Friday, December 18, 2009


When I ask new meditation and yoga students why they have decided to come to these practices, they often use the word "balance." They either want to improve their physical balance, or they are trying to find more balance in their lives in general. These are noble and wholesome desires, and at the same time, they bring with them some expectations that are difficult to meet.

Early in my current yoga practice, I heard teacher Gangha White say that "Balance is never static." This is obvious when we attempt some posture in which we are standing on one foot, such as the Tree Pose (vrksassana). We can see very quickly that the foot we are standing on is constantly making adjustments to keep us from falling over. It would be a mistake to try to control this movement, which almost always leads to over correcting and a complete loss of balance. We have to be present for these movements, keeping them in awareness moment-to-moment, and allow the body to find its way back to equilibrium.

It seems, therefore, that balance is a continuous play between steadiness and unsteadiness. To expect balance to be the absence of instability would mean denying that we are living organisms. The body has a built-in postural control system that is constantly displacing and correcting the position of our center of gravity over our feet to keep us upright. This interplay between destabilizing forces and this control system can be felt clearly by standing with both feet touching, and then closing your eyes.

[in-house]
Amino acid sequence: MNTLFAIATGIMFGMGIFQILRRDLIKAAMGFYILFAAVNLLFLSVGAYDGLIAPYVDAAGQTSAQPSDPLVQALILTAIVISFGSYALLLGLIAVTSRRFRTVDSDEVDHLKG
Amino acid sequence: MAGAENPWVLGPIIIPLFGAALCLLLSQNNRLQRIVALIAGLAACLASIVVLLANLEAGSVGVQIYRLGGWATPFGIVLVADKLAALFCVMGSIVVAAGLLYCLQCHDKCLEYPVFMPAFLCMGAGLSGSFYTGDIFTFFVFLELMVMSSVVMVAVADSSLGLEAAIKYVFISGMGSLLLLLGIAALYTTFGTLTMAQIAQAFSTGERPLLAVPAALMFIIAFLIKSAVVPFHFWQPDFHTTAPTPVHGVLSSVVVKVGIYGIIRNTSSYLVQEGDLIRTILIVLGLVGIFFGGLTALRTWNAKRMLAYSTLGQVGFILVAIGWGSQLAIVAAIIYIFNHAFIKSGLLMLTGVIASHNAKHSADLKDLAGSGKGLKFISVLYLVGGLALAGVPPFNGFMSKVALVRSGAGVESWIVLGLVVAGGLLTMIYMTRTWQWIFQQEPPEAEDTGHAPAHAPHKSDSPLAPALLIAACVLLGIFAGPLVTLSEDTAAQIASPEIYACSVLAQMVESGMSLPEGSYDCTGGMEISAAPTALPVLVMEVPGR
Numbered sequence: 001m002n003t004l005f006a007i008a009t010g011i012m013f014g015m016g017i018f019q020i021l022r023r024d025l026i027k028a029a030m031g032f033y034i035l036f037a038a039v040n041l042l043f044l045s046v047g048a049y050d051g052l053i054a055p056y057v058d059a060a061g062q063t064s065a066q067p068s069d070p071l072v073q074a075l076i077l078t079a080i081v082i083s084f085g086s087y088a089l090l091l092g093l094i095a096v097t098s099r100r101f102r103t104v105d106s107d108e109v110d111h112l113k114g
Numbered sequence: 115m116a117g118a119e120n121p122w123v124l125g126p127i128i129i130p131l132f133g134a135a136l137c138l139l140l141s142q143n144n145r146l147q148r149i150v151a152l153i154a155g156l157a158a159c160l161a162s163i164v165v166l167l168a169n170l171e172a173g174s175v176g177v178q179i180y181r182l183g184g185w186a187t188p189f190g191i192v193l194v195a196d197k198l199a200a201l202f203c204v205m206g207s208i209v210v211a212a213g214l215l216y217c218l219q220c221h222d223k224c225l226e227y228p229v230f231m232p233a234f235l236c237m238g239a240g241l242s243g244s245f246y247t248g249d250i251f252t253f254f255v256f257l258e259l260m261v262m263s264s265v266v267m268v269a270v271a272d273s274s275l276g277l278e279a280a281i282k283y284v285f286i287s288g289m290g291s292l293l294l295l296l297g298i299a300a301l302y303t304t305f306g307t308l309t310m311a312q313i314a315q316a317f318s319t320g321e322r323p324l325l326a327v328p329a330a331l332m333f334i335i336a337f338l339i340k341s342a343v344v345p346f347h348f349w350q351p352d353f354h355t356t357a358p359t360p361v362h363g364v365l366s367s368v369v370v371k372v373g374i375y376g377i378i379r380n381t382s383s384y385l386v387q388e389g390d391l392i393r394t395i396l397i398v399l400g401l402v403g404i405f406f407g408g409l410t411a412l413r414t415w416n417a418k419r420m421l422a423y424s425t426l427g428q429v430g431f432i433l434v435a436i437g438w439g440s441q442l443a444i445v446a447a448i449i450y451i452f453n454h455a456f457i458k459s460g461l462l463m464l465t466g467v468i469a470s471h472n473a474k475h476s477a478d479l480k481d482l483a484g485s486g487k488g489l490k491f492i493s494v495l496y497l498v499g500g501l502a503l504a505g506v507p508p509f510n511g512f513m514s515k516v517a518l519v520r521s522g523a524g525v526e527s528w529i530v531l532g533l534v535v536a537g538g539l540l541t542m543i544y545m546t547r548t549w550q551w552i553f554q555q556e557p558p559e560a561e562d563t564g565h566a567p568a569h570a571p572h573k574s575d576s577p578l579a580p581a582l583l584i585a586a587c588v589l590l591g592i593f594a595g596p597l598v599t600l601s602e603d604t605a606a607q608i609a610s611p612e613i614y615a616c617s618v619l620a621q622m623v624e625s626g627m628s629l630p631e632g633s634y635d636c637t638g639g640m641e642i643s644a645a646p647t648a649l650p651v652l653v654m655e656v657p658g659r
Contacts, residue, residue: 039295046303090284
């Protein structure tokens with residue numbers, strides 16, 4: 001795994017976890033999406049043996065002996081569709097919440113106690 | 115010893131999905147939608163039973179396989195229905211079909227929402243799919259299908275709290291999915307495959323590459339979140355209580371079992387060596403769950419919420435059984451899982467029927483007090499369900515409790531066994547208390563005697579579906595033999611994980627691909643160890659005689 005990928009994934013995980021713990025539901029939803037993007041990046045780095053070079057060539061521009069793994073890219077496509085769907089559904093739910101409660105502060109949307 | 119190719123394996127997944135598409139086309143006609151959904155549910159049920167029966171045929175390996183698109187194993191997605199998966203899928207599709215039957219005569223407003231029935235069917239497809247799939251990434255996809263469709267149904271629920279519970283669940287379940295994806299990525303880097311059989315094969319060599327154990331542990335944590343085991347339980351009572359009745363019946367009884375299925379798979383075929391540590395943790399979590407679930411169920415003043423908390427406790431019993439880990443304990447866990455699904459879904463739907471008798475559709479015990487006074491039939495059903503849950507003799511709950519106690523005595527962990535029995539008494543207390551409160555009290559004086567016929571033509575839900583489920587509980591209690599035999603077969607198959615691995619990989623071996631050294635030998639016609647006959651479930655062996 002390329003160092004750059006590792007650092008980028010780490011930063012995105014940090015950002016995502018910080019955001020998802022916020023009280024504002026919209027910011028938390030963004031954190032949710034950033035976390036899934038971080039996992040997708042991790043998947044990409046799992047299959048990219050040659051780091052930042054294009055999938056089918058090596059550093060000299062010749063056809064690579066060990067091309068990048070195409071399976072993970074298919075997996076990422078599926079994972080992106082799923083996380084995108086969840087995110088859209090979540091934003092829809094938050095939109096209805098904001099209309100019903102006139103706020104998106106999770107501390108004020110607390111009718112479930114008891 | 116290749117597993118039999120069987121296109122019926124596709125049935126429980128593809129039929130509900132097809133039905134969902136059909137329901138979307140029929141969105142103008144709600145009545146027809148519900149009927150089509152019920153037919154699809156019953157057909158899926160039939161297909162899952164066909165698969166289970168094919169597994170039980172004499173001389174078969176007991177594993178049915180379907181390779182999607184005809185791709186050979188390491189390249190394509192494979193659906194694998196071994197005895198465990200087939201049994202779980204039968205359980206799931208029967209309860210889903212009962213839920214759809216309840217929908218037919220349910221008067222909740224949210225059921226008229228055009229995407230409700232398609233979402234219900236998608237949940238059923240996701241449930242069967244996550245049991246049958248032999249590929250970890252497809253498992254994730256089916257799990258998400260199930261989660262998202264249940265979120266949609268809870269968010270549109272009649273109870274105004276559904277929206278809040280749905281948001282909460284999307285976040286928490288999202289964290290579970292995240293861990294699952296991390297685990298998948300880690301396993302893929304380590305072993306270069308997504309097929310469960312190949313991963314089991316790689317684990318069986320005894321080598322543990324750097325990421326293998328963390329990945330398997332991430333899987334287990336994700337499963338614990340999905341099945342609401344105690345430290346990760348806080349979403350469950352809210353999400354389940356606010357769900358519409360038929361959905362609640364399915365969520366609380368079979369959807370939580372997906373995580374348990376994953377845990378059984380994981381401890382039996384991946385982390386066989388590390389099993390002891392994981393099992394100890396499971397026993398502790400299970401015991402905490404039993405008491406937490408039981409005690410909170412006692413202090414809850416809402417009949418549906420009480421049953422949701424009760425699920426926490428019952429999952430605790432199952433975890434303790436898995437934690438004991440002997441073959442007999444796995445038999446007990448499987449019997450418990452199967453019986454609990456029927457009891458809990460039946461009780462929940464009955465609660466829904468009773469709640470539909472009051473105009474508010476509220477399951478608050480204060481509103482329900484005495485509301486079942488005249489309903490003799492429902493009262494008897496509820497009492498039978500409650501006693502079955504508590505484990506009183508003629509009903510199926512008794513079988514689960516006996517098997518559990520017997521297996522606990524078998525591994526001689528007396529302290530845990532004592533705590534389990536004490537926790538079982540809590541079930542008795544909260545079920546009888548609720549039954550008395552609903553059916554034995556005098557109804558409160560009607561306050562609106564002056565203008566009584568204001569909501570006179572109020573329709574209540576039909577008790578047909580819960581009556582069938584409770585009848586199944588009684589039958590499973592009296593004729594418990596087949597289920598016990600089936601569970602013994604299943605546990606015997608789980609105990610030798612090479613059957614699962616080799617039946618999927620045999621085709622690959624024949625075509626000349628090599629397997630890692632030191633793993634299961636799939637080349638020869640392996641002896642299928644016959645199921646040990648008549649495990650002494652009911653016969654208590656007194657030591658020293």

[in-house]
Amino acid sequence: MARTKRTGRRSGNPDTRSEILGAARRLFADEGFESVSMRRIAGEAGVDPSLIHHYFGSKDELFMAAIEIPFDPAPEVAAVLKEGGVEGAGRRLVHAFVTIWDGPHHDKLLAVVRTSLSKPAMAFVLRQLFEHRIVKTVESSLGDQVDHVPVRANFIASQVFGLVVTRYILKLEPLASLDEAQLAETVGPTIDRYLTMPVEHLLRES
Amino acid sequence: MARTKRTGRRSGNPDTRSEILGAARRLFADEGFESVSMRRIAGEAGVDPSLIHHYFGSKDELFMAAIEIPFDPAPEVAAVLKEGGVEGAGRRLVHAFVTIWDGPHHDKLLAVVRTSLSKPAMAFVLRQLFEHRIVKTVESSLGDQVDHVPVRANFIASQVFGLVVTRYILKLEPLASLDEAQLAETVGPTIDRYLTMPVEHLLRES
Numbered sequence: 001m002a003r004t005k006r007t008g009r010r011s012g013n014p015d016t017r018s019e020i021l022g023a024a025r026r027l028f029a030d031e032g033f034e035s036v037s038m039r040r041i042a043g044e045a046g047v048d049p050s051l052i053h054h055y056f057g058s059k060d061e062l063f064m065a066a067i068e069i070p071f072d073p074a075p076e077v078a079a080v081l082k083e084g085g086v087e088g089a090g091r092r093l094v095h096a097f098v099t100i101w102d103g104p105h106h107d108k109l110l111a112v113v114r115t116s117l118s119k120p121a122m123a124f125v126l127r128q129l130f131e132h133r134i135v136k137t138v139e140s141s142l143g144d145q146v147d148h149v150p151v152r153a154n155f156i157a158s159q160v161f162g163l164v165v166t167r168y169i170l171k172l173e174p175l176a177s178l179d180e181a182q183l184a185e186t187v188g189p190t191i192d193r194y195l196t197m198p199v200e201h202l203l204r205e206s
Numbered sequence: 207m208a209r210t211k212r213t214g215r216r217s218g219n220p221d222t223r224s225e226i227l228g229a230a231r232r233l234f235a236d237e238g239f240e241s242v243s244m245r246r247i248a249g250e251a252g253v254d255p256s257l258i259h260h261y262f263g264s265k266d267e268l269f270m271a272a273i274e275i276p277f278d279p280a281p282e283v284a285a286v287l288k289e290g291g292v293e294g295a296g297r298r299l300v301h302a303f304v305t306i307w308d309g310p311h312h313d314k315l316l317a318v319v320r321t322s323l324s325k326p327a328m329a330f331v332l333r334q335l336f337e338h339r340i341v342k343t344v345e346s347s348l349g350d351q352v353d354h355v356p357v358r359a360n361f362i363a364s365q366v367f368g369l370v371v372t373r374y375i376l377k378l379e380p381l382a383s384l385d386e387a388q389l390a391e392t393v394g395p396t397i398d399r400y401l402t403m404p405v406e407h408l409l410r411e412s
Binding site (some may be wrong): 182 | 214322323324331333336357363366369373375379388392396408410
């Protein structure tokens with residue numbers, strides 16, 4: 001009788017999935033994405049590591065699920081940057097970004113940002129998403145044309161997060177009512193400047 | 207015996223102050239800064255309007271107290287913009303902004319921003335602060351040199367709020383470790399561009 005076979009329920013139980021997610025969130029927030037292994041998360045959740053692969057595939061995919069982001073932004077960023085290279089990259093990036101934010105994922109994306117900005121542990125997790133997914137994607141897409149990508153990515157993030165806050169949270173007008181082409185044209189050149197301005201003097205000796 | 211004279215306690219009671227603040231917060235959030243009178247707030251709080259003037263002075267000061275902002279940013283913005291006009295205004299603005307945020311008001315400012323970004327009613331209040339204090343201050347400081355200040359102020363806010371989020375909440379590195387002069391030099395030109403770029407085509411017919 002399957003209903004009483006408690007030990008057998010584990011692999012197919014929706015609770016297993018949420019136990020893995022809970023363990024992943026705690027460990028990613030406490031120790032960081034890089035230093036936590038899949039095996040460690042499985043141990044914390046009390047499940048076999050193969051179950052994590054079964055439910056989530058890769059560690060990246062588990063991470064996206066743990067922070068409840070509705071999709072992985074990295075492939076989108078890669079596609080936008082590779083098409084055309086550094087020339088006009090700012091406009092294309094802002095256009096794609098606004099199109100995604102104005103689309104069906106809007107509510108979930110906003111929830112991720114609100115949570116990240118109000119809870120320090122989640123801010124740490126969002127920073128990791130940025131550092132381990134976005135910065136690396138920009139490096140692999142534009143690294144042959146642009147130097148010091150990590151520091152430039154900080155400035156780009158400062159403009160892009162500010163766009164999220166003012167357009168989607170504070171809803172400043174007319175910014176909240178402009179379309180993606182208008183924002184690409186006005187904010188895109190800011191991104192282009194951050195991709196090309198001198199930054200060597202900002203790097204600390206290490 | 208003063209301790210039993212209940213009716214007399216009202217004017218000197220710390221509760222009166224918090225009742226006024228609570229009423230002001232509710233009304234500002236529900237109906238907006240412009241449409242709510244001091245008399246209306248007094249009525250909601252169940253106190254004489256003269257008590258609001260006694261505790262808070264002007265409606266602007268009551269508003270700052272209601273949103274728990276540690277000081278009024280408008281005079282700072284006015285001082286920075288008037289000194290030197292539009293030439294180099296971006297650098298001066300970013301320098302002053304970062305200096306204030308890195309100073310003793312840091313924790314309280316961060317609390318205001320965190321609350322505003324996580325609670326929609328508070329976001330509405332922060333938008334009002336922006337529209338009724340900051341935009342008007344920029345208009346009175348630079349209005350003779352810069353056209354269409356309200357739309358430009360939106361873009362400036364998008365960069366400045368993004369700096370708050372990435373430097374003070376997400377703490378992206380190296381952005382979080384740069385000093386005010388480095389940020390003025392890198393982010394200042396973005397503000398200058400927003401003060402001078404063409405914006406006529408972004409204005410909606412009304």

In fact, the body is making countless micro-adjustments every second to keep itself stable through a phenomenon known as "postural sway." Try to stop this swaying, and you will see very quickly that the unconscious system is much more effective than our conscious mind. Imagine if we had to manage this system consciously all day long. It would take all of our attention. This postural control system is very much like the fly-by-wire control systems in modern aircraft. Some planes, like the F-117 Stealth Fighter, are inherently unstable aerodynamically. Therefore, a computer system is required to provide constant flight corrections which allows the plane the maintain control. Without this computer, the plane would plummet to the ground like a sack of potatoes.

So the nature of balance is that we can never be totally still. Even small events, such as breathing, can affect the postural control system. If we use the experience of balance in the body as a metaphor of our life, we can see that we can never expect perfect calm for extended periods of time. We are moving constantly from balance, to imbalance, and back again. Balance may be less like a feeling of steadiness, and more like the way choreographer Twyla Tharp once described walking: a controlled fall.

So as Gangha said, balance is never static - it is a process that is in constant motion. Balance is not the absence of movement, but the awareness of movement. So when we purposefully stand on one foot, it is not to achieve balance, but to merely be aware of the process of balance. Likewise, when we sit in meditation practice and experience pleasant and unpleasant events coming and going, we are taking part in this flow of balance.

We have to expect that there will be times of instability in our lives, and we have to know that these unstable experiences are inevitable. We also have to learn to trust our natural, inherent wisdom to help us manage these out-of-balance times, rather than reacting in a panic, and sending the whole thing crashing down. When we get in touch with the feelings of balance and imbalance - and with the pleasant and unpleasant - we can be more graceful during the wobbly, unsteady times, and more grateful during the moments of stability.
There is no secret to balance. You just have to feel the waves.~ Frank Herbert

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